Silver, Blue and Gold

New Orleans morning
The color of the sky, I’m told

“Silver, Blue and Gold” is the sixth track from Bad Company’s 1976 album, Run with the Pack. Writing credit goes to Bad Company front man Paul Rodgers, whose distinctive vocals can be heard covering the lyrics.

It’s also a song that gets called up in my internal playlist under certain conditions. (If at all curious about my internal playlist, see also: While You See a Chance, or Pink Floyd.) Conditions this past Saturday were primed for a “Silver, Blue and Gold” appearance.

I headed out a little after 6am for some exercise. The sky ahead of me was clear, but a quick look over my shoulder revealed a threatening, dark grey, cloud. It looked ready to share, and it was moving in my same direction. Not one to be put off by a bit of rain — it’s usually welcome during a summer run in New Orleans, as long as there’s no lightning — I sallied forth.

Because the sky was uneven: gloomy in parts, dazzling in others, I was on the lookout for rainbows. Thus, the lyric popped into my head:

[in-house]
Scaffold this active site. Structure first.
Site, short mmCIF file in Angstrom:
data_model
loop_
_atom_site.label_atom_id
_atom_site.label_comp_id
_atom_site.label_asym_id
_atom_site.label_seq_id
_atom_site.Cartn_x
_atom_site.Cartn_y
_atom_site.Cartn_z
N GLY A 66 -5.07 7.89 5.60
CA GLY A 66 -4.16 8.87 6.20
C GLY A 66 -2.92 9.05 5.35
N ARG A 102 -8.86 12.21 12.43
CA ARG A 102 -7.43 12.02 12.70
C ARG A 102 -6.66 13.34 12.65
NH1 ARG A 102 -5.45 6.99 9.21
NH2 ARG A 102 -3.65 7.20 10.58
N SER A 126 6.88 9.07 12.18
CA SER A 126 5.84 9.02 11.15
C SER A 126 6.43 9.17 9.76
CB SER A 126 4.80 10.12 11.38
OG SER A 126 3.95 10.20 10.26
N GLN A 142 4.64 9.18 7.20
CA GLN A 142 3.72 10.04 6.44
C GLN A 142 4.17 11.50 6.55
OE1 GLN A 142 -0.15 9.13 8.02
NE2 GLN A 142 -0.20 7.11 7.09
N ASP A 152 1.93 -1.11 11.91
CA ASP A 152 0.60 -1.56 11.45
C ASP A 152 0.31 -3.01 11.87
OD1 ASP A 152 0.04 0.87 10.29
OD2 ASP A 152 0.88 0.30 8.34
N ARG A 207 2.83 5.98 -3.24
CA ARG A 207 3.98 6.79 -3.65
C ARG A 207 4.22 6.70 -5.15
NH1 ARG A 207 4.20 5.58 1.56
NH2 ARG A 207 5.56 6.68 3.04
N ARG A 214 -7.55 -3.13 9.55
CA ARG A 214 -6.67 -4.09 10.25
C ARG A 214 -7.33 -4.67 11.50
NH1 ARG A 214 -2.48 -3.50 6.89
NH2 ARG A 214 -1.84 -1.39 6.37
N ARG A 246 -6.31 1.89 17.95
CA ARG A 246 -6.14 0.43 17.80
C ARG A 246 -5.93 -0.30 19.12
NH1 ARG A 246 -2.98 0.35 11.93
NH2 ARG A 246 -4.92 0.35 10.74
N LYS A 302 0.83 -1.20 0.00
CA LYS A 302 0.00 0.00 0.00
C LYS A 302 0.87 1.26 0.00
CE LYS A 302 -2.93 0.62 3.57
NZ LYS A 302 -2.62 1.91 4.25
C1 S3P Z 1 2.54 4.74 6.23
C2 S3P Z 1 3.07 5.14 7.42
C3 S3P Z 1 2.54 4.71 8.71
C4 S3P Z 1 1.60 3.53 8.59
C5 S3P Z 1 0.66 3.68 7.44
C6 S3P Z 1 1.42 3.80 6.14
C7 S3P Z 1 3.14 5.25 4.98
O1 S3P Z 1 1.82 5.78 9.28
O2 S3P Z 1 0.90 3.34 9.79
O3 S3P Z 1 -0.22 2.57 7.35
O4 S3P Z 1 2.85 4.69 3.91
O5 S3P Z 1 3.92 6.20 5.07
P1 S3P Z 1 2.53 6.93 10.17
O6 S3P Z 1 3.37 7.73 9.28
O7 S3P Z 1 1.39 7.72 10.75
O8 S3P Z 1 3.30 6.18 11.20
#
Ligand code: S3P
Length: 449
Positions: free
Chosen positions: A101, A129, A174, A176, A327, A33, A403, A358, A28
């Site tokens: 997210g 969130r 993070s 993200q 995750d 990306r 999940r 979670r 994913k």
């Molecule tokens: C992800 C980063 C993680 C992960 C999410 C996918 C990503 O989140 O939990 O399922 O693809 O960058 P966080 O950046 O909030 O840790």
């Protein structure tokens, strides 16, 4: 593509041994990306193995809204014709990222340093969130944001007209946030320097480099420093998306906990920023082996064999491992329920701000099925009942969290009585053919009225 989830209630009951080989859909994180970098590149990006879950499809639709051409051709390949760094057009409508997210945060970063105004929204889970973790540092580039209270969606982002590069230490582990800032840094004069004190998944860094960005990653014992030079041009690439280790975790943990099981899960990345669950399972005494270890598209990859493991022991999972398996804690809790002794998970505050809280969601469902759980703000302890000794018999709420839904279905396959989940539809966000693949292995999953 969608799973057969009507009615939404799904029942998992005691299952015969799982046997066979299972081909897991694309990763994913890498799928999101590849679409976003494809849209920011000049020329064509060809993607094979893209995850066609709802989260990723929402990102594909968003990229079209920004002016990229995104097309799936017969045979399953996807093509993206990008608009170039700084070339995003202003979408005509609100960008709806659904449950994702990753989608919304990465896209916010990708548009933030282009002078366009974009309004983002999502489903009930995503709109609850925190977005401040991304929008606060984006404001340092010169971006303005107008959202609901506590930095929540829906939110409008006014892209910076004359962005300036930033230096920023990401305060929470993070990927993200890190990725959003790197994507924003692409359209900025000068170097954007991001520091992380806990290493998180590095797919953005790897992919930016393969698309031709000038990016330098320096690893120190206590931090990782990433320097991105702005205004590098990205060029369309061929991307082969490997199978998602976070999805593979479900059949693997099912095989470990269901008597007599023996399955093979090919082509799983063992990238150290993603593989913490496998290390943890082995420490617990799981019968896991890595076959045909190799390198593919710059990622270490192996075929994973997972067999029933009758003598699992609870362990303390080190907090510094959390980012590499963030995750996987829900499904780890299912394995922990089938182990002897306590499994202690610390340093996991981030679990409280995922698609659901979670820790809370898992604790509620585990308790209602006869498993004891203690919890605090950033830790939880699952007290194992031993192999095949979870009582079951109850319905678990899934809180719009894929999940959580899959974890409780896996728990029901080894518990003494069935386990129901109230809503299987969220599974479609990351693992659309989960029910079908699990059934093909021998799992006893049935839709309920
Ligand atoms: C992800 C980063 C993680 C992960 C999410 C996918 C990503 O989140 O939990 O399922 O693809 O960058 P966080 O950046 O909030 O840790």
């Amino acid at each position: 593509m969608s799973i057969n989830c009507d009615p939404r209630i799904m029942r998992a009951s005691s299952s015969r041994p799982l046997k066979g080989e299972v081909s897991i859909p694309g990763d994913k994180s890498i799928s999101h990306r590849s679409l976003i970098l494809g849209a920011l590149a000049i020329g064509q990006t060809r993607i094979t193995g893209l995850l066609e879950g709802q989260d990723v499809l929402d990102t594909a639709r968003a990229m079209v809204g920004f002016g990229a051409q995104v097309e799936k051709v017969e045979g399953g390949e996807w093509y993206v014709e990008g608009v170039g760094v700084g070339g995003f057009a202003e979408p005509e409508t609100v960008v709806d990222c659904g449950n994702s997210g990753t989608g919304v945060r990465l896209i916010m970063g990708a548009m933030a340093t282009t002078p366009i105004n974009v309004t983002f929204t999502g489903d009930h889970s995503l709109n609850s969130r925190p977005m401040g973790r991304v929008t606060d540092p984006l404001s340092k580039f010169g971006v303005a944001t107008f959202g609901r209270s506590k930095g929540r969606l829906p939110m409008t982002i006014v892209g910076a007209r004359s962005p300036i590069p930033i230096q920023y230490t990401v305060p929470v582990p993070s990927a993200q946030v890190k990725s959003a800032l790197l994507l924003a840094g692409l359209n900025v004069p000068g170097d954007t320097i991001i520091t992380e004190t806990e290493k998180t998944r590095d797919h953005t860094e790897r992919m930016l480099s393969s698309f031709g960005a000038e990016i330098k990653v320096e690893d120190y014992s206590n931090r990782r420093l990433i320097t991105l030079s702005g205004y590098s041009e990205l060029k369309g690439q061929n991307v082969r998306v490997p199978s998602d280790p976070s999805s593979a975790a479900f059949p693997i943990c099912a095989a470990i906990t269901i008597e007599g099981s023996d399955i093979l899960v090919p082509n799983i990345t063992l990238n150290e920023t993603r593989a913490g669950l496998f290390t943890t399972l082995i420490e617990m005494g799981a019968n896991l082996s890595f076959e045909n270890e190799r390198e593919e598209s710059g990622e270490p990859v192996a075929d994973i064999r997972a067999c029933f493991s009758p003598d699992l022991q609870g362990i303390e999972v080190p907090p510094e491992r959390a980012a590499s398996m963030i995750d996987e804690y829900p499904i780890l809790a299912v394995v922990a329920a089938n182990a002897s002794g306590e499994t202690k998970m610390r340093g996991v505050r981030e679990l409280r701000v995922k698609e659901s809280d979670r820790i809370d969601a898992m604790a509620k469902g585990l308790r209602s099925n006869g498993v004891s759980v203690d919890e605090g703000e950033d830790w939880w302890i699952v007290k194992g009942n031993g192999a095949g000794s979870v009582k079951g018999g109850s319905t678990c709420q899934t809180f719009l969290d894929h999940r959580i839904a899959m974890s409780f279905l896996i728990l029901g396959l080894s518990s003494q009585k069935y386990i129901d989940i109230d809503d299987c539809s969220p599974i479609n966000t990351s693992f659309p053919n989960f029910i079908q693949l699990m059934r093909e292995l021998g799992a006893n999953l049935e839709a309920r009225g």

Give me silver, blue and gold,
The colour of the sky I’m told,
My ray-ay-ain-bow is overdue.

(Lyrics copied directly from Google, which had the British spelling of color. Also, that phoneticized version of rainbow. Which is exactly how Rodgers sings it: ray-ay-ain-bow.)

That last line, “my rainbow is overdue,” always gets me. I feel like it can apply to multiple situations. Any situation that feels like a constant struggle, with no easy button, and very faint signs of light at the end of the tunnel. Oh, say like, writing a novel, anyone?

So the rain did catch me, right at the mid-point of the run. It was fairly light, and for the heavier bits, I was under a forest canopy, anyway. All in all, not too bad. I’ve definitely been caught in worse. And there was a rainbow waiting for me at the end. It’s pictured at the top of this post, a little faint, it’s the best I could do with my iPhone.

It wasn’t even overdue; I’d say it was right on time. I’ll take that as a good omen.